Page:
Why tradies are in short supply and renovation costs are soaring

A surge in renovations, propelled by the federal government’s HomeBuilder stimulus scheme, has led to a shortage of qualified tradesmen, huge delays and increased costs.

The Herald Sun reports that the tradie shortage, combined with delays in receiving building supplies, shipped from overseas, could cost some HomeBuilder applicants the government funds they’d relied on to renovate.

The AFR says many renovations will be delayed until next year.

“An analysis of 252 residential building companies by the Association of Professional Builders (APB) has found members have been signing contracts at record levels in the past six months and many are booked out for the next two years,” Nila Sweeney reports.

APB founder Russ Stephens told Ms Sweeney the housing stimulus had created unprecedented demand.

“Builders are all fighting over a limited number of subcontractors and are now more worried about securing enough tradies to deliver the projects than winning more work.”

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The Housing Industry Association Trades Availability report for the December quarter indicated a “significant” upcoming shortfall of skilled labour across all states and territories.

The AFR expects renovation activity across the country to hit its highest level in 20 years. The HIA forecasts renovation projects to jump by 3 per cent by 2021.

“All indications are that this will continue into 2021 as international travel is not expected to return until at least 2022,” said Tim Reardon, HIA chief economist.

Marty Sadlier, director of MCG Quantity Surveyors, says renovation costs are up 10 to 15 per cent because of a lack of competition.

“The largest issue at the moment is the prolonged time frame for works to commence and scarcity of the tradies. The demand is far too high.”

At the launch of HomeBuilder last June, the government anticipated 27,000 Australian households would access a grant and budgeted the uncapped program at about $680 million. Currently, it is projected that 100,000 grants costing more than $2 billion will be accessed by the time applications for the scheme close at the end of March.

Volume home builder Burbank Group says the scheme should be extended to deal with supply delays and skilled worker shortages.  

“It would just ensure that everyone who signed up for the grant receives it,” Burbank’s managing director, Jarrod Sanfilippo, said.

Federal housing minister Michael Sukkar said the government “will continue to work with the sector to maximise the economic impact of this highly effective program”.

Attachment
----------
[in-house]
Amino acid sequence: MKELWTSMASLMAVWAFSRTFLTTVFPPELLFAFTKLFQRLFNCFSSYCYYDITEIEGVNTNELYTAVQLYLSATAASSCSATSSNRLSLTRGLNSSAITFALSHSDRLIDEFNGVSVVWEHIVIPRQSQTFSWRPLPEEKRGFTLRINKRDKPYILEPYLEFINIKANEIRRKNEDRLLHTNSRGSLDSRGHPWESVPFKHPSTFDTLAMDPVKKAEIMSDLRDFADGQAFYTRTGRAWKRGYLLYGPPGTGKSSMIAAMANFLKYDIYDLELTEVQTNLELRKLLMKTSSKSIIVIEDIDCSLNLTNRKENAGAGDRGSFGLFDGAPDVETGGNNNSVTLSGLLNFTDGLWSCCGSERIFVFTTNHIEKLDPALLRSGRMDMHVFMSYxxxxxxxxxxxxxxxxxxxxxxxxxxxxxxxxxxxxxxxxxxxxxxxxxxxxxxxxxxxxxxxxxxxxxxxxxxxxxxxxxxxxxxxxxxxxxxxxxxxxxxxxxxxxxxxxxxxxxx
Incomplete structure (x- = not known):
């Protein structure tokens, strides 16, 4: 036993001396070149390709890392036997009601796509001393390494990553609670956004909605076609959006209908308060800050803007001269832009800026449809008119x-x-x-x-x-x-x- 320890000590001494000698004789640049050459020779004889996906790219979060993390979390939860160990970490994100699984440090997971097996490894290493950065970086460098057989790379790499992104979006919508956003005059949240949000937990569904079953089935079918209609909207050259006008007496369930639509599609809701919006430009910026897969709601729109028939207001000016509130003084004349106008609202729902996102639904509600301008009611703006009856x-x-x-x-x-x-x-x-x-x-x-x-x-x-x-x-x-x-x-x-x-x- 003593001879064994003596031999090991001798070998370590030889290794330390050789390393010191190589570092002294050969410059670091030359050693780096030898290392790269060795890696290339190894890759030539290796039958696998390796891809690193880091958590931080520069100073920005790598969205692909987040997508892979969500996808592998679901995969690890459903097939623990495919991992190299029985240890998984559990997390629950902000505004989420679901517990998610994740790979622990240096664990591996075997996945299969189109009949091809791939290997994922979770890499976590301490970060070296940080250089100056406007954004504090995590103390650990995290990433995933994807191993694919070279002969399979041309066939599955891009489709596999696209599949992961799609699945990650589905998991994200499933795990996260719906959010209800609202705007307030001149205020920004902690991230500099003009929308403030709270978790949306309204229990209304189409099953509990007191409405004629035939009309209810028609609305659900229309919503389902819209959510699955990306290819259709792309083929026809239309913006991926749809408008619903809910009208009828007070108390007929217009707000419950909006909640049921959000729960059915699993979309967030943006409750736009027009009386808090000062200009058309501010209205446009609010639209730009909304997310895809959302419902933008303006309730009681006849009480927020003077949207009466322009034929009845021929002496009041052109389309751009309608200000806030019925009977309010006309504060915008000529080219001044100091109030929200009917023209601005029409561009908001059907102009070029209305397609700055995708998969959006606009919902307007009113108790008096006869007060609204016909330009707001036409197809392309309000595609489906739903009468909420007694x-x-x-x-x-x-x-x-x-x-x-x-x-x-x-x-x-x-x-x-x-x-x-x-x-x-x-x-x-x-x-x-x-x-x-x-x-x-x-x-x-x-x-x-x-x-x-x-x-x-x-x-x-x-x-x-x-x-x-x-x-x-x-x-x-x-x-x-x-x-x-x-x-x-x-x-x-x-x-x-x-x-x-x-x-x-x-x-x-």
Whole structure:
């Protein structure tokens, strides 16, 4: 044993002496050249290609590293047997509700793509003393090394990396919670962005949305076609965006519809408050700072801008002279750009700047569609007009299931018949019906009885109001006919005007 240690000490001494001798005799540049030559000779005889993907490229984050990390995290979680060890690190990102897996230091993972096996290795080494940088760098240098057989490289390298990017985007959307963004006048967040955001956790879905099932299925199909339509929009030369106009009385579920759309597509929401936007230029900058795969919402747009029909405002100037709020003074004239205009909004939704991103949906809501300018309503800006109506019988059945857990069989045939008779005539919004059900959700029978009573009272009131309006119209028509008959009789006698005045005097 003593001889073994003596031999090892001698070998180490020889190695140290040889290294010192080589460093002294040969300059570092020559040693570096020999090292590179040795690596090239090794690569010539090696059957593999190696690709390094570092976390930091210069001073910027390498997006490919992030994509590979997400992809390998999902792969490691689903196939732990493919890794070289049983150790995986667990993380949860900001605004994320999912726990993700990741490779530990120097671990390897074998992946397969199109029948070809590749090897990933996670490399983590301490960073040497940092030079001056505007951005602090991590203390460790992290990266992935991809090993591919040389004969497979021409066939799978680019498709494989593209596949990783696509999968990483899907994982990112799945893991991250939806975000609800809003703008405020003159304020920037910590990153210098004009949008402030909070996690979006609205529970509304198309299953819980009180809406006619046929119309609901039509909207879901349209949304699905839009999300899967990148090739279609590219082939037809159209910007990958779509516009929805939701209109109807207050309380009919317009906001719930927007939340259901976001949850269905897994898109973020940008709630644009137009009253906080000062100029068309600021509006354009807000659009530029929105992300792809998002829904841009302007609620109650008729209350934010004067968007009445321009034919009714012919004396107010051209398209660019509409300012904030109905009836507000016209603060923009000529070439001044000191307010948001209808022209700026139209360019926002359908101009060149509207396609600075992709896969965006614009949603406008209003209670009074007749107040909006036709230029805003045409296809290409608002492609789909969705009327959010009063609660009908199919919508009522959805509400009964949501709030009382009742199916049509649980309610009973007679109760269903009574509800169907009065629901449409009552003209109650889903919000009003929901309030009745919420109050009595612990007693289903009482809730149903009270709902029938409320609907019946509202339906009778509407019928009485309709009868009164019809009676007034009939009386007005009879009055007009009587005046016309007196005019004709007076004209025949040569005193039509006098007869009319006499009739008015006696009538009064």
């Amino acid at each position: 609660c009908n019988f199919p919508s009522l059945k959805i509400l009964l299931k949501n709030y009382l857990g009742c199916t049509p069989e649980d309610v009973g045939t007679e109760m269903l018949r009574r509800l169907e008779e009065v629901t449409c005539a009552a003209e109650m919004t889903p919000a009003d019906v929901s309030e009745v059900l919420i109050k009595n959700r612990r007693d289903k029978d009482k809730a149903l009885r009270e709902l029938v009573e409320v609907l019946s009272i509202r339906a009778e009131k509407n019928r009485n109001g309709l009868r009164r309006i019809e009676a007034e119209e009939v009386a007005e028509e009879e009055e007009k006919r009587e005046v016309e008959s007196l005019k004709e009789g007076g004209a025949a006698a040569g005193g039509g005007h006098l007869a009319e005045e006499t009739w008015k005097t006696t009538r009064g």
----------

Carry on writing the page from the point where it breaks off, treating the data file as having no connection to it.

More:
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Former sex discrimination commissioner and Liberal politician Pru Goward offered a solution to the tradie shortage last year.


“It beggars belief that we have been importing skilled tradesmen, yes, men, when we have thousands of girls leaving school either to enrol in TAFE or university courses with low job prospects or low pay and, often, which don’t reflect their interests.

“The feedback from TAFE instructors, for your interest, tends to be that girls will often top these courses but not get the jobs.”

Ms Goward says Australia has “one of the most gender-segregated workforces in the developed world”, with only around 3 per cent of jobs in construction and mining-related trades occupied by women.

She says infrastructure investment should be used to “broaden the skilled worker opportunities for neglected sources of labour: women, Indigenous Australians and people with disabilities”.

Such a change would require strong leadership.

“It is not about strength, weight or height requirements. It’s about culture. As sex-discrimination case law so clearly demonstrates, necessary workplace changes are more than extra toilets. They include worksite leadership, mentoring, conversations with the blokes on the tools, and clear rules about acceptable and unacceptable comments and conduct that are demonstrated from the top down. Crucially, they include the foreman or the team leader.”

Media commentator Tamara Wrigley, who buys and renovates properties, told radio station 97.3FM that it was time women joined the ‘boy’s club’ in the trades.

“Manual trades are perceived to be masculine professions, so females don’t generally consider careers in these fields, but they should,” she says.

“The world is changing, and many women go into lower-paid jobs and careers without even considering a trade – but how many women have painted at least one room of a house, or done their own home improvements? A lot!

“Coronavirus isn’t going away any time soon and tradies are essential workers, meaning the work is constant, plentiful, and lucrative. It’s time to get on the hi-vis and lumberjack shirts and claim a piece of that pie.”

Apprentice commencement numbers dived dramatically at the outset of the pandemic and thousands of apprenticeships were cancelled in 2020.

The average taxable annual income for an Australian tradie is $81,636, but many earn over $100k and some starting salaries are as high as $140,000.

Ten per cent of tradies earn over $200,000 per year, more than some doctors.

Should women be encouraged to work in the trades? Have you considered or delayed a renovation this year?

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